The first plugin — which is still bundled with WordPress — the Hello Dolly plugin, randomly displays a lyric from the Louis Armstrong song Hello, Dolly! in the top right of the admin dashboard. It was intended as a guide to making plugins. The second plugin was the blogtimes plugin, which generated a bar graph image showing when posts were created over a certain period of time.
Internationalization was another major advancement in WordPress 1.2. From its very beginning, the WordPress community was international in nature. The original developers were from the United States, the United Kingdom, Ireland, and France, and a forum thread from January 2004 shows how international the growing community was. Community members came from Hong Kong, Wales, New Zealand, Japan, and Brazil. With people from all over the world using WordPress, translations soon followed. The Japanese WordPress site was set up in December 2003, only six months after WordPress launched. As WordPress wasn’t yet set up for localization at that time, (Otsukare), a community member from Japan, created a multilingual fork of WordPress. This was an internationalized version of WordPress that people could use to make their own localizations. It was popular among WordPress users from non-English speaking countries who wanted WordPress in their own language. Its popularity emphasized the necessity of internationalizing WordPress. A lack of proper internationalization tools in WordPress could have led many community members to use the fork instead. Maintaining two codebases in this way would have been inefficient and bug-prone.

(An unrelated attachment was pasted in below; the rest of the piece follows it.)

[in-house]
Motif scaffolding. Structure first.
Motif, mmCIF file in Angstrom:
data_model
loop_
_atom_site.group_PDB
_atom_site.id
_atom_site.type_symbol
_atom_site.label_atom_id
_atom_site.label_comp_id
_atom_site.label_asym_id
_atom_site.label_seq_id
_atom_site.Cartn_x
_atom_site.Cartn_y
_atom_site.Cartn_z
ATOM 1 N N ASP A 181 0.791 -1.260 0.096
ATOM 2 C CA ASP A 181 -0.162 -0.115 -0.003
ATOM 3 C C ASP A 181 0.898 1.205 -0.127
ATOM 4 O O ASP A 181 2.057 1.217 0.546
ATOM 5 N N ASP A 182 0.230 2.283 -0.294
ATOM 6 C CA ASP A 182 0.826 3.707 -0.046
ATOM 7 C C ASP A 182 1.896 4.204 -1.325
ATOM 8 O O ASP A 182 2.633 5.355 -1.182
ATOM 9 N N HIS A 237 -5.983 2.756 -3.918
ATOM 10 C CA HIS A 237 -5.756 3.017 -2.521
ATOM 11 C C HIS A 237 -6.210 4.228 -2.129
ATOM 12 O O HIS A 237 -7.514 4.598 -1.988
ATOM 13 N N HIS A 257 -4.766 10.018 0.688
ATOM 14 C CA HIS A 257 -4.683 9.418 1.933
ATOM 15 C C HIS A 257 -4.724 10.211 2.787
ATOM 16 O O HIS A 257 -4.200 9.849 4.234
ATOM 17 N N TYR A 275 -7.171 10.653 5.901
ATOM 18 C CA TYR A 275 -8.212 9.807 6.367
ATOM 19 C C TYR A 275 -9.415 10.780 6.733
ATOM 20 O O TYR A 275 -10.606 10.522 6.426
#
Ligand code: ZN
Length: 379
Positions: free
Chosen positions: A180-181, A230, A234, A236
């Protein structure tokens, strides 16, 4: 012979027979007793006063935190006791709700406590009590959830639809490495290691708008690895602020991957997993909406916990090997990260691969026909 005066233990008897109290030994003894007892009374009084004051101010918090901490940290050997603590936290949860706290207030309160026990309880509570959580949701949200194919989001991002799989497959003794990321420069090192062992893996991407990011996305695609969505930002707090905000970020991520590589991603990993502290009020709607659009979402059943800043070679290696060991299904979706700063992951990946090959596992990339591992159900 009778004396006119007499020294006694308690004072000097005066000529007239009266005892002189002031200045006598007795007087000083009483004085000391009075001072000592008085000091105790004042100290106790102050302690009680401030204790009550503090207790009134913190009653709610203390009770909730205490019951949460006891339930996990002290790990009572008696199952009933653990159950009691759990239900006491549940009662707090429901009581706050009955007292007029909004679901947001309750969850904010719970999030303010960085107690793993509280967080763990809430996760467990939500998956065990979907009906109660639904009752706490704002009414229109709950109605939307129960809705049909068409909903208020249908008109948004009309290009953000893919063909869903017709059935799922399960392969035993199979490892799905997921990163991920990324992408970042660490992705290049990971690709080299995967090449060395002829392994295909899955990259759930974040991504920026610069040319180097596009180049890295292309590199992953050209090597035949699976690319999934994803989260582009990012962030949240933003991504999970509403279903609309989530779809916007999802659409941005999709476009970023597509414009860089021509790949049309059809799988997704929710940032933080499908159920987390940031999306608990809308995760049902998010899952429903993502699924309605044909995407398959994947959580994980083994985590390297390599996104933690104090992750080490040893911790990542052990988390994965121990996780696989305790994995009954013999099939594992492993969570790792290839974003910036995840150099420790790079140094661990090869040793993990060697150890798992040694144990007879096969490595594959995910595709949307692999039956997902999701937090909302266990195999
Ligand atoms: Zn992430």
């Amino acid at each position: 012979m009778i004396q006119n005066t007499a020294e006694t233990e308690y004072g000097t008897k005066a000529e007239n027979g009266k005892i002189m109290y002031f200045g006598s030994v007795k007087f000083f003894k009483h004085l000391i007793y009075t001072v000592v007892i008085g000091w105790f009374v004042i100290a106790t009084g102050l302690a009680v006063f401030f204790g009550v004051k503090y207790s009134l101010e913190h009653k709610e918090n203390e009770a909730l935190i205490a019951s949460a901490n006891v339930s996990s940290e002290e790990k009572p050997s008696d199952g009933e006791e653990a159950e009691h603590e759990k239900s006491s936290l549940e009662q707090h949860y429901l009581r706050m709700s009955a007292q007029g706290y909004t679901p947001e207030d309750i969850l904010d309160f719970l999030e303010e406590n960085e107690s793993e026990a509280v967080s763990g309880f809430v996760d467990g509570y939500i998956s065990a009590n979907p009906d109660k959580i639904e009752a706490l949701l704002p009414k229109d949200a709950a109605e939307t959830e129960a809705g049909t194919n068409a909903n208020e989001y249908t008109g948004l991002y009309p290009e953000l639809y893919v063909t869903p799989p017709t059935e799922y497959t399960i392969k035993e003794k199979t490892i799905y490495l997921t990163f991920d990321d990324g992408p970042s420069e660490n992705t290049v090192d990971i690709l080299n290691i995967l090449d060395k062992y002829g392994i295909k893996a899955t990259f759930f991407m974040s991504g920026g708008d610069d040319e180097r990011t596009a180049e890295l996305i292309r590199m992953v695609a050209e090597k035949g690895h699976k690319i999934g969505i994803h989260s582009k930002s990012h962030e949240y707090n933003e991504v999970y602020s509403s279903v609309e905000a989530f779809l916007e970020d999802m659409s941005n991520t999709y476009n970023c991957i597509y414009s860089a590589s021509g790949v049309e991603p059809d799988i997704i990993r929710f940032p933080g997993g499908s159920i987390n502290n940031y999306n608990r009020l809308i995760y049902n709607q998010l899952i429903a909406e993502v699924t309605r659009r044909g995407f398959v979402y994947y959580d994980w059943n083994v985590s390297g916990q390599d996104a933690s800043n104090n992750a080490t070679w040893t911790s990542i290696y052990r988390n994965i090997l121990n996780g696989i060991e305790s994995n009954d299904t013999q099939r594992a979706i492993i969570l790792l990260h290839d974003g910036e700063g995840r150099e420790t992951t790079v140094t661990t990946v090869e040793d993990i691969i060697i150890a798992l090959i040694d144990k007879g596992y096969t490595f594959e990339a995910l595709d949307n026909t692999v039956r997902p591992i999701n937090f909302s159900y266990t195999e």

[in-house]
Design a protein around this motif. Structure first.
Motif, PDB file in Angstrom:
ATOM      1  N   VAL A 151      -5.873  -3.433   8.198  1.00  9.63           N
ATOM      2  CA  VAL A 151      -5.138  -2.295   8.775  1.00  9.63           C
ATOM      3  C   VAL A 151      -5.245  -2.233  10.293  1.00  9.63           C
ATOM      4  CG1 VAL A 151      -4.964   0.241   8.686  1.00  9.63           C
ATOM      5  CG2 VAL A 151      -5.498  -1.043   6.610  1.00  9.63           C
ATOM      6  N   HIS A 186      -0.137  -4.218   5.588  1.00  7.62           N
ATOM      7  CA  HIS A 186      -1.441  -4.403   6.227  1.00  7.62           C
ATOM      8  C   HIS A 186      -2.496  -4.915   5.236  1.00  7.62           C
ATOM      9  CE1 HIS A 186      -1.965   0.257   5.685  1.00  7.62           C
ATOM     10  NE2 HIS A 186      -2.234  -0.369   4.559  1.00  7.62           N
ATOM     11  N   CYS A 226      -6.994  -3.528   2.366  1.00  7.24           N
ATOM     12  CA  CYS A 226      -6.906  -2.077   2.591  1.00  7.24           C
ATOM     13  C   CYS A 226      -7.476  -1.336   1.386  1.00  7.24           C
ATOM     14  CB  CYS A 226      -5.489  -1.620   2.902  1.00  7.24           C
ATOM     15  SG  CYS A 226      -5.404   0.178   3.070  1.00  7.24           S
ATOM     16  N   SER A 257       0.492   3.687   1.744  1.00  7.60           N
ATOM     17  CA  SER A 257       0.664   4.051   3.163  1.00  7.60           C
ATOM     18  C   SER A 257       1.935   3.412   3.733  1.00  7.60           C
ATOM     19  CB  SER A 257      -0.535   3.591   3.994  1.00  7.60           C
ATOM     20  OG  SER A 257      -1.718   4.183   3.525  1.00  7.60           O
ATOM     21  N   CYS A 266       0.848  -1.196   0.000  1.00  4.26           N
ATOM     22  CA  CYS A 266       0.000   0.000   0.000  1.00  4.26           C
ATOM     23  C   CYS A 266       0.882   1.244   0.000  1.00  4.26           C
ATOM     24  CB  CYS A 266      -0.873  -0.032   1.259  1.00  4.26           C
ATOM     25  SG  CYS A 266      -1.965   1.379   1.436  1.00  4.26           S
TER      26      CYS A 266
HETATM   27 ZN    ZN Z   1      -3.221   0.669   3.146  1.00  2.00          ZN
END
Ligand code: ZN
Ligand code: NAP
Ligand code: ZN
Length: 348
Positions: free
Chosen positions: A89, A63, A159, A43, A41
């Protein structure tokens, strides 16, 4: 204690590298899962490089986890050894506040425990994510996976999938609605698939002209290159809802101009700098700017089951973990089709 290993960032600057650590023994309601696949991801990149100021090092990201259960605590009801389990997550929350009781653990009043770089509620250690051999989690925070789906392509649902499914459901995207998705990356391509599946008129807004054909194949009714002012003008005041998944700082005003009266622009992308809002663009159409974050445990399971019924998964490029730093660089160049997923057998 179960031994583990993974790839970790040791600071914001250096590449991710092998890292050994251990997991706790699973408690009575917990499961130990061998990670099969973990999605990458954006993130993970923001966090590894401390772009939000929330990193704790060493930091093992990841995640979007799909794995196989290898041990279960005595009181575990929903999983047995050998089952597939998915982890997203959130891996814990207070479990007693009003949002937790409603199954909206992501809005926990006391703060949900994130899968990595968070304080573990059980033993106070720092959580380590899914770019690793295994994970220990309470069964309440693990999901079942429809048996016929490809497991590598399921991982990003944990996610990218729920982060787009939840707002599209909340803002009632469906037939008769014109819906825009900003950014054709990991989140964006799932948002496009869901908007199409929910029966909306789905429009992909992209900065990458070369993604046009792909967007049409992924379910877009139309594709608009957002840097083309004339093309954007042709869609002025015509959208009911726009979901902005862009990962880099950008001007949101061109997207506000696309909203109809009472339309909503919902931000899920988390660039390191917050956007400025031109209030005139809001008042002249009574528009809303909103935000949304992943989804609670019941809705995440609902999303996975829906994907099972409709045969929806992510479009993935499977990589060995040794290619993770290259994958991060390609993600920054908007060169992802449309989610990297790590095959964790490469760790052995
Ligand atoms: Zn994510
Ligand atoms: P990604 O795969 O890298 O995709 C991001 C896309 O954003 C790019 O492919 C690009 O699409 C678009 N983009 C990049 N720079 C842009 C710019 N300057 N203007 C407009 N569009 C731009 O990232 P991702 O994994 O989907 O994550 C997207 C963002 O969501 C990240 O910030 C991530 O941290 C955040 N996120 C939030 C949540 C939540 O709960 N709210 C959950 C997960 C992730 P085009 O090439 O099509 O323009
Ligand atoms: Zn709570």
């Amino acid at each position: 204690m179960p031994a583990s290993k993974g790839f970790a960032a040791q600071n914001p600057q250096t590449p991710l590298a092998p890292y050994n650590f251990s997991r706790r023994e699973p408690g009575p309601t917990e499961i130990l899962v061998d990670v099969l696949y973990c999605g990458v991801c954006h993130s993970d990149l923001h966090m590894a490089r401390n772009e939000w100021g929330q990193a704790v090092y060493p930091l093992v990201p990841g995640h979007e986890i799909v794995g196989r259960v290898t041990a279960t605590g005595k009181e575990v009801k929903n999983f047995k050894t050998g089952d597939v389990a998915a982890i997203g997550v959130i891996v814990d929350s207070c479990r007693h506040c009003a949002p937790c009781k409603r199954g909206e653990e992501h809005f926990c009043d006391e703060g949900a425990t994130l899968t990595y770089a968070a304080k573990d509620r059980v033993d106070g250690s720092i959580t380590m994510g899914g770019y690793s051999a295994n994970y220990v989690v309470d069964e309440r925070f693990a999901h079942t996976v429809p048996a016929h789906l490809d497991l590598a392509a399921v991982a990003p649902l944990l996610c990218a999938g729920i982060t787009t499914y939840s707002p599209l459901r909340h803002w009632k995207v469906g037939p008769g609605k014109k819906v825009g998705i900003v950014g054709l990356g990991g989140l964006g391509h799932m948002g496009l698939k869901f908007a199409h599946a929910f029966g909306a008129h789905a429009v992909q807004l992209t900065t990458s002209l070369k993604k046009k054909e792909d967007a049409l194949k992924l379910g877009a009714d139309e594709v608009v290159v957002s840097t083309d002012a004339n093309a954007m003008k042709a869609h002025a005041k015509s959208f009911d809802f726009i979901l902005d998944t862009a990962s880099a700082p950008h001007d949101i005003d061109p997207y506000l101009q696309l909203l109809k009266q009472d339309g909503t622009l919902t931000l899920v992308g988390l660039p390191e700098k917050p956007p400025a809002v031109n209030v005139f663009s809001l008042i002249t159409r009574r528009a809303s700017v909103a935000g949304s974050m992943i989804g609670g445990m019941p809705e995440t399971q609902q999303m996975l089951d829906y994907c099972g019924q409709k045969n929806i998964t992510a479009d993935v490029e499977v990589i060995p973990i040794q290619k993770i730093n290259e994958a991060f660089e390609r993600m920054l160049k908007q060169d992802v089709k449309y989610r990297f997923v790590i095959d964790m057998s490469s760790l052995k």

Ryan used gettext to internationalize WordPress, which he used in the GNOME project. It involves marking up translatable strings with the
gettext() function, so that a
.pot file is generated containing all the translation strings. Translators translate the strings and generate
.mo files for localized versions of WordPress.
To internationalize WordPress, Ryan wrapped the translatable strings with the
gettext() function and put them in a format that provided a full string to the translator, which retained context. He went through the code, one line at a time, found everything that could be translated, and marked it up. This meant that when WordPress 1.2 was released, it not only contained the plugin API, but was fully internationalized.
On May 19th 2004 — before WordPress 1.2 was even released with the first official
.pot file — Pankaj Narula (panjak), released the first full localization in Hindi using the new gettext method. Following the release of WordPress 1.2, there was an explosion of WordPress translations, including French and Norwegian.
Version 1.2 made WordPress much more accessible and available to a wider group of people. The plugin system turned WordPress from a straightforward blogging tool into a publishing platform that anyone could extend — all you needed was a bit of PHP knowledge. And if you couldn’t write PHP, you still had access to the ever-widening commons of plugins, as developers created new plugins and distributed their code. Internationalized code meant that it was now possible for people all over the world to have WordPress in their own language, and a community of translators quickly grew around the software. Naoko Takano (Nao), who was an early member of the Japanese community, recalls that there were other free software projects that didn’t take translations seriously and that WordPress’ internationalization efforts encouraged her to join the project.